There are 270 different Penstemon species, and countless hybrids and cultivars. Most are native to North America, and a few are native to Mexico. A large number of Penstemon species are native to the northwest.
Penstemons are related to snapdragons and foxgloves, and have a similar tubular flower.
Penstemons come in many colors, red, pink, white, yellow, orange, blue, and purple. They come in many forms: tiny rock garden gems, herbaceous matted forms with tall flower spikes, and low shrubs from a few inches wide to 4 or 5 feet wide.
Many Penstemon species are hardy and adapted to harsh, dry conditions. Firecracker Penstemon, Penstemon eatonii, a desert dweller, attracts hummingbirds to the garden.
Some grow on rock cliffs.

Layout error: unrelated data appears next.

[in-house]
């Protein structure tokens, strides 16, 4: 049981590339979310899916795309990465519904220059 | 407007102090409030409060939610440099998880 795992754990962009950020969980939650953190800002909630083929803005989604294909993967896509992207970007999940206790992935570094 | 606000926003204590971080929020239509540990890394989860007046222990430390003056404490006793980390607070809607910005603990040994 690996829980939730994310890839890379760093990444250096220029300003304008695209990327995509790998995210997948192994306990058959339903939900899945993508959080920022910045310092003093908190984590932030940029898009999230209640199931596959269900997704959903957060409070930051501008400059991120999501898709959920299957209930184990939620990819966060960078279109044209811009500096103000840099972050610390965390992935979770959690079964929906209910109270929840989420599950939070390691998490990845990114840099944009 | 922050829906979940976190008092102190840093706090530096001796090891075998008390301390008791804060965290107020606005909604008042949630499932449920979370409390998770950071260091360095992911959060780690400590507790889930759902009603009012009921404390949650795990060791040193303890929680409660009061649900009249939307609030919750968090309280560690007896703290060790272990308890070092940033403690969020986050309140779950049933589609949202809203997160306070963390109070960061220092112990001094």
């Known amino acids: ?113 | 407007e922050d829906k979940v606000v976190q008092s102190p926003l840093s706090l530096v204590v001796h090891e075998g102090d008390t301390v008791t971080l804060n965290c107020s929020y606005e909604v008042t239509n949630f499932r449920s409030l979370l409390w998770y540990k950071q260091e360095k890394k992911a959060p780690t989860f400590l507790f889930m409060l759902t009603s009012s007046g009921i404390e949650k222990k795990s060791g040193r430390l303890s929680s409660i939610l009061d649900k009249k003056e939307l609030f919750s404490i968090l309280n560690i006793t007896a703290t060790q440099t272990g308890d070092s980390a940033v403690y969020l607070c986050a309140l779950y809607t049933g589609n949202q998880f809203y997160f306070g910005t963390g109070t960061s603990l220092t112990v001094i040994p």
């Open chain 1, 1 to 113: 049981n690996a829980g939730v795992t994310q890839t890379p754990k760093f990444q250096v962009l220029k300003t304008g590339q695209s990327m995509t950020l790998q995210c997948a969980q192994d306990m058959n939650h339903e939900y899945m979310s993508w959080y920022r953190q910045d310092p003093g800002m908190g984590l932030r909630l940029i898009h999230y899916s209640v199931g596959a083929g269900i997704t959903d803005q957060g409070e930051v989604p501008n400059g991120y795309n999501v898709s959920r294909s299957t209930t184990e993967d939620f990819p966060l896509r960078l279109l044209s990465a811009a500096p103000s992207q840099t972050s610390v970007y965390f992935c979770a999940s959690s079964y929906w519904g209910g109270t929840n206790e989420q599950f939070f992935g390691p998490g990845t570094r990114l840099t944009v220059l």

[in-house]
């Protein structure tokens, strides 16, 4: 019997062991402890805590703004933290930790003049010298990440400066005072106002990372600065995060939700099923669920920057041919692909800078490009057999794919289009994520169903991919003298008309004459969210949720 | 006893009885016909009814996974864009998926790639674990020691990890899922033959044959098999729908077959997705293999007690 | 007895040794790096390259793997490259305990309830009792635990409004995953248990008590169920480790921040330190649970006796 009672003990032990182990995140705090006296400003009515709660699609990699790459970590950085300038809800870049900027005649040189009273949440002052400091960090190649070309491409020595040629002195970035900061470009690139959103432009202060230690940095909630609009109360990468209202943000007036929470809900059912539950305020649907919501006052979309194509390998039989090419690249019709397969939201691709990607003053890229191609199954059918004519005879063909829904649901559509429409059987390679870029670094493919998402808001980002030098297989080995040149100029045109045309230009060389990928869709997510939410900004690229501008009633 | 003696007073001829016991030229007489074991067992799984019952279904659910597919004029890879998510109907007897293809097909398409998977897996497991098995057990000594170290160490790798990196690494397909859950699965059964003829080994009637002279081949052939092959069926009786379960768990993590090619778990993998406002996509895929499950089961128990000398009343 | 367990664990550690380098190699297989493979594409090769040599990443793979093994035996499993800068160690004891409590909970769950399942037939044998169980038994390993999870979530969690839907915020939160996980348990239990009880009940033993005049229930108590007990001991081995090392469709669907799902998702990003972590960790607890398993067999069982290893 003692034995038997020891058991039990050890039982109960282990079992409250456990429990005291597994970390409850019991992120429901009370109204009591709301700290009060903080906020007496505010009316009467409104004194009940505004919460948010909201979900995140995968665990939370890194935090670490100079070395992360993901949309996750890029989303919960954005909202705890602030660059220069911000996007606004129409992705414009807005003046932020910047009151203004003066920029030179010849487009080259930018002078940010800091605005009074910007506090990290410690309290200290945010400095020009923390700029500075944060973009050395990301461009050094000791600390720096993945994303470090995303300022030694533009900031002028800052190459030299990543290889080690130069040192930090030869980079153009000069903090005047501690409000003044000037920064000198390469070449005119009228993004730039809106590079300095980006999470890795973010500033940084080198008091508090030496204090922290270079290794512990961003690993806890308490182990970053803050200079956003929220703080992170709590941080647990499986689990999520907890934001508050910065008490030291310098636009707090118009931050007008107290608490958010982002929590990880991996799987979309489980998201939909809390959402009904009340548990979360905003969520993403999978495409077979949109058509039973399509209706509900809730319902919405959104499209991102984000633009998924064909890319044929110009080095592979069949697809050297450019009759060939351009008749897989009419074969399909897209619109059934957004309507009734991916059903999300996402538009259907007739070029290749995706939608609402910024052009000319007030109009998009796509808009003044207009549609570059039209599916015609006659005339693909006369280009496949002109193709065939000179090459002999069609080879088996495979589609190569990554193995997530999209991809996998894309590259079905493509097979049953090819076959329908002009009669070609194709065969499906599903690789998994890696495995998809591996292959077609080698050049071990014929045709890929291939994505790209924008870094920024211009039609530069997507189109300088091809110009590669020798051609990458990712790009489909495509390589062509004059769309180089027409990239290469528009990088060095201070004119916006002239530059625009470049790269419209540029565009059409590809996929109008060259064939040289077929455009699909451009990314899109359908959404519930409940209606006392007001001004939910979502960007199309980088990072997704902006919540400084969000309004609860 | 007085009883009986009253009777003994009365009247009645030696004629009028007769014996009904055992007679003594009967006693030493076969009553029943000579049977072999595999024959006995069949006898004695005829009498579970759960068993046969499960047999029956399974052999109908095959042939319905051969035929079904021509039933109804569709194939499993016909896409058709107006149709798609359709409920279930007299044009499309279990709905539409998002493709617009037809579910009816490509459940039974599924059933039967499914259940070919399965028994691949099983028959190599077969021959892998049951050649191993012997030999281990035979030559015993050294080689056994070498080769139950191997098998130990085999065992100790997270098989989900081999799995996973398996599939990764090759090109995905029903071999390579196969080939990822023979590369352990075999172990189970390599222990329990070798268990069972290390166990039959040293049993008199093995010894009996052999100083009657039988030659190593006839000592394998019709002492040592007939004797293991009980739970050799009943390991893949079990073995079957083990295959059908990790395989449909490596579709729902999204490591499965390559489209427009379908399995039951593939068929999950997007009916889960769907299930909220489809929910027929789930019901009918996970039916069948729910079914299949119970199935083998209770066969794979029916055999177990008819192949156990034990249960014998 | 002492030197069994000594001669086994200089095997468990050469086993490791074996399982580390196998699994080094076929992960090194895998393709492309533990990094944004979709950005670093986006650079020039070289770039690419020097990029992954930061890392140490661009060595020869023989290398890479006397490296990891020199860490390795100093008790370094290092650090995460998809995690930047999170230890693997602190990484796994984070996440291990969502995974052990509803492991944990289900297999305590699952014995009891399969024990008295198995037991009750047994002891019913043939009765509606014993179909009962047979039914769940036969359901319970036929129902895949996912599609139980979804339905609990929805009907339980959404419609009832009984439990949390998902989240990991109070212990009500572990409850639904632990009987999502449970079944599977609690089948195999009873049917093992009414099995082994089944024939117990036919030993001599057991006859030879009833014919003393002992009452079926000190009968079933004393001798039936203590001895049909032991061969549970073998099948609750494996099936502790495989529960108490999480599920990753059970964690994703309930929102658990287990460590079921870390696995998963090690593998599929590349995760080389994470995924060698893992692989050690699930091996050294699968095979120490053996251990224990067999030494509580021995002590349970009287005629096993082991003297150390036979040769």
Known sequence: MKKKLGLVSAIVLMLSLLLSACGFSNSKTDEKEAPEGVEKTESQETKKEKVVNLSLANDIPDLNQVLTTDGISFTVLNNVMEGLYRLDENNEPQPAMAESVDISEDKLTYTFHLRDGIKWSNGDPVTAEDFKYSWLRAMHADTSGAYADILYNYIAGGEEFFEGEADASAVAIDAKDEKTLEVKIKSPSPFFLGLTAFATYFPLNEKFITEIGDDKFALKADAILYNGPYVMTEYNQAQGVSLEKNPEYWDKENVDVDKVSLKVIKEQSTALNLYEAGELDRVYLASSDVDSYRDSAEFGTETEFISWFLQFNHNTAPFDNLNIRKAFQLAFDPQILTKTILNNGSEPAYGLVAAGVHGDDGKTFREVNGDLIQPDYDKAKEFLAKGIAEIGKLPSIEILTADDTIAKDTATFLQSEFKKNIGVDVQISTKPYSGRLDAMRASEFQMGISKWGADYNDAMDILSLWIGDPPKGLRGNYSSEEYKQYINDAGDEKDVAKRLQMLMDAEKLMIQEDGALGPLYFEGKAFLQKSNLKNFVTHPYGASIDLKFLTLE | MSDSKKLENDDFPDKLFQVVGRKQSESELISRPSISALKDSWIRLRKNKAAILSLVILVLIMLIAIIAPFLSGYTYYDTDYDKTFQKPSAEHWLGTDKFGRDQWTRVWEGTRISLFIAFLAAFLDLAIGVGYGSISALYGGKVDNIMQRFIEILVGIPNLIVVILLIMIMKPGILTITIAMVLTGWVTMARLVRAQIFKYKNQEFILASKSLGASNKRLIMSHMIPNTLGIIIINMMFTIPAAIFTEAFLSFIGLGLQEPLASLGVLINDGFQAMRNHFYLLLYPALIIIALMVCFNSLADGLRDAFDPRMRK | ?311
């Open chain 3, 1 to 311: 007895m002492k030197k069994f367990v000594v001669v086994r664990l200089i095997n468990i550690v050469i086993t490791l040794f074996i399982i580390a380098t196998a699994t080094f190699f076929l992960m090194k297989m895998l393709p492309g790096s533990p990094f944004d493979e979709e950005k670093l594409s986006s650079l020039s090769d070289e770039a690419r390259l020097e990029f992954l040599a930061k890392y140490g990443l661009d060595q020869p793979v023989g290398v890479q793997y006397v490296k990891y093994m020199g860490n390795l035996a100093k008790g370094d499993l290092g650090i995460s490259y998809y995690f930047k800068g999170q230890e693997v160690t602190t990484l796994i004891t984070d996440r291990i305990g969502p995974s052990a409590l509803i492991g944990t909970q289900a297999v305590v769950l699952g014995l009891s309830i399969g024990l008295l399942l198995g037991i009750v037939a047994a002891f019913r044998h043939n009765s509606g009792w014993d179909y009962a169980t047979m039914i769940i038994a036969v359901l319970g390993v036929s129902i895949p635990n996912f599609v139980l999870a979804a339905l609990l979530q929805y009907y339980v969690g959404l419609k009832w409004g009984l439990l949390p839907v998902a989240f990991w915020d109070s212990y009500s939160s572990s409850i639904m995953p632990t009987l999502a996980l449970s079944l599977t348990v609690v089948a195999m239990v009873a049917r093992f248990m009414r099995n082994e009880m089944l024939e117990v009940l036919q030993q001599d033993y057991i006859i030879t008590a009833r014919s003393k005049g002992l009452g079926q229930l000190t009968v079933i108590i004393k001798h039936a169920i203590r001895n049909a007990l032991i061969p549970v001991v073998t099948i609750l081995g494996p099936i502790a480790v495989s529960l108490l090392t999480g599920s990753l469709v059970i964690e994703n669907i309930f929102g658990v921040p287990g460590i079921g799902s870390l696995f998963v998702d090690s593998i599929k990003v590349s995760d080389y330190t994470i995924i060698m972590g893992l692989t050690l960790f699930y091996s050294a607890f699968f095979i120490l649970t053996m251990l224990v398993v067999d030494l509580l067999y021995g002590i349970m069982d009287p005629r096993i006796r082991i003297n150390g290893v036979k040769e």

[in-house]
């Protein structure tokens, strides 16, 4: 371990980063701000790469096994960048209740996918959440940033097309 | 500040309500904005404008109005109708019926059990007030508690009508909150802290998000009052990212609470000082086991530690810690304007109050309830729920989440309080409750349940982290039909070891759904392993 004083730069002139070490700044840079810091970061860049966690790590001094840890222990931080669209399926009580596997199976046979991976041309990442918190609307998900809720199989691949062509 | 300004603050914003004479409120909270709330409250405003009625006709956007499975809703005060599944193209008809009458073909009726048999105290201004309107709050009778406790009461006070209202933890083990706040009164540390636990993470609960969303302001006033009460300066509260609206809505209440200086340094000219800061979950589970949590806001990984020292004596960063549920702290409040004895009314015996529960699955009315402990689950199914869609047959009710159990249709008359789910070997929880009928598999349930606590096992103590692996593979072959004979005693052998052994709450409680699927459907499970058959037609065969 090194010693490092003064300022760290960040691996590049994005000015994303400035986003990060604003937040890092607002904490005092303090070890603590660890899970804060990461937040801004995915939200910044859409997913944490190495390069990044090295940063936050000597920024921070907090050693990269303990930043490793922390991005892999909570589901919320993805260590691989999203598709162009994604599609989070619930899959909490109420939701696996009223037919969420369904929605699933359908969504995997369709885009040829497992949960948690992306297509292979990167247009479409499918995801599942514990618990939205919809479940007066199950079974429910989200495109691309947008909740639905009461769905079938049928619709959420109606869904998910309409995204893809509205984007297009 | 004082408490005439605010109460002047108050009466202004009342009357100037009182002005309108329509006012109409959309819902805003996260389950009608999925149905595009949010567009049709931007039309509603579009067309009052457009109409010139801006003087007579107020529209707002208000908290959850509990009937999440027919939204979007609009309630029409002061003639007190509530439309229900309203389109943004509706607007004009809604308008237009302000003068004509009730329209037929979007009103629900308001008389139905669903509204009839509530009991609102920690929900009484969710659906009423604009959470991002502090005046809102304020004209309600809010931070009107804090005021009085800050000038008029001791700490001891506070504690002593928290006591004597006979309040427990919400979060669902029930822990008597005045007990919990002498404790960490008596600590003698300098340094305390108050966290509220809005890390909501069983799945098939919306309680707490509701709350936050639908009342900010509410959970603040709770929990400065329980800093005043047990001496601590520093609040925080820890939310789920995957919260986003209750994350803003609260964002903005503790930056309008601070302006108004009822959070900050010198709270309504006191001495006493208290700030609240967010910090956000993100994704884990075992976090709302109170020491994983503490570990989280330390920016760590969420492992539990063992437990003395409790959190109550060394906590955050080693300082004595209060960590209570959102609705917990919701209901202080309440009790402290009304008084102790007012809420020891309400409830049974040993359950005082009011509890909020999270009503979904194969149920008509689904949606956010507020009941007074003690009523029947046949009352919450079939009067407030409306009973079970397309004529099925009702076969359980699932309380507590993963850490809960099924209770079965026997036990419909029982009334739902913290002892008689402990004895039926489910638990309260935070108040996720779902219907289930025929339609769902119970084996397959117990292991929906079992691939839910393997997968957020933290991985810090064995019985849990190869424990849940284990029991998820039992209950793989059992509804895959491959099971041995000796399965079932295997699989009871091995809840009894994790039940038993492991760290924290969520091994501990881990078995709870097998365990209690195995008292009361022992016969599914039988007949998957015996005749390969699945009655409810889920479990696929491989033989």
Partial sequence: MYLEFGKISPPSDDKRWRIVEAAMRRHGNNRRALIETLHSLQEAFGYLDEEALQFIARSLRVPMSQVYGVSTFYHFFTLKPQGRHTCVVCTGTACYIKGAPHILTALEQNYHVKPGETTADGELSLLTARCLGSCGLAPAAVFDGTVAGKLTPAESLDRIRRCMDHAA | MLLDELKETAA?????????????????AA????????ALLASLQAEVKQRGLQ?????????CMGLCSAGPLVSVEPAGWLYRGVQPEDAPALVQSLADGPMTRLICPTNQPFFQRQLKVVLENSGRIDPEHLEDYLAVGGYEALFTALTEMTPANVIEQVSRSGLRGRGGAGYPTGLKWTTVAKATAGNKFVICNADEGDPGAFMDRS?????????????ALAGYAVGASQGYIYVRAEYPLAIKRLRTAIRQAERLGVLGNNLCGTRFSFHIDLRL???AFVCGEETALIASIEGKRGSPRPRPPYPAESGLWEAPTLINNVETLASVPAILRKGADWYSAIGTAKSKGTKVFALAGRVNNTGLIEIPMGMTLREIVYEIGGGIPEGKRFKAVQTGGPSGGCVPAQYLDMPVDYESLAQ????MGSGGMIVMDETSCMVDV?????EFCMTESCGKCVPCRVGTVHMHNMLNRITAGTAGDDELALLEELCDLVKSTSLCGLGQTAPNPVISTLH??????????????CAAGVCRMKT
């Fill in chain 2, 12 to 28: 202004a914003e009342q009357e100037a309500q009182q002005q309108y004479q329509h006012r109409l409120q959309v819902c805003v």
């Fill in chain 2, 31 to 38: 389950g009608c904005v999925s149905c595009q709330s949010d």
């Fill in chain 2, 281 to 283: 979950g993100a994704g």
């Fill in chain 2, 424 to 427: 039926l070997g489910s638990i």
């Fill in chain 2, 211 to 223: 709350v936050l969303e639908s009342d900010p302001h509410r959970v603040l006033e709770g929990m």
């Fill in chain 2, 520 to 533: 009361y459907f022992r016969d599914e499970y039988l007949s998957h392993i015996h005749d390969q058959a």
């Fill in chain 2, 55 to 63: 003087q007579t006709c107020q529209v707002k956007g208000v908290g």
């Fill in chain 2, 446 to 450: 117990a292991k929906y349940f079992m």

This is our local Shrubby Penstemon, P. fruticosus, on a rock wall along highway 2 in Pend Orielle County, Washington.
This species and its cultivars are long lived in the garden. The shrubby Penstemon is evergreen, with a reddish-maroon cast in the winter, and loads of large flowers in the spring.
Some grow in shallow rocky soils.
This is Gairdner's Penstemon, P. gairdneri, on rocky soils in the Channelled Scablands near Davenport, Washington.
It would be lovely in a small rock garden or trough.
A few species of Penstemon grow in moister sites.
The Foxglove Penstemon, P. cobea, grows in the American prairie. It makes a dramatic addition to the perennial flower border.
All perennials and most small shrubs are grown at our nursery, many from wild collected seeds.
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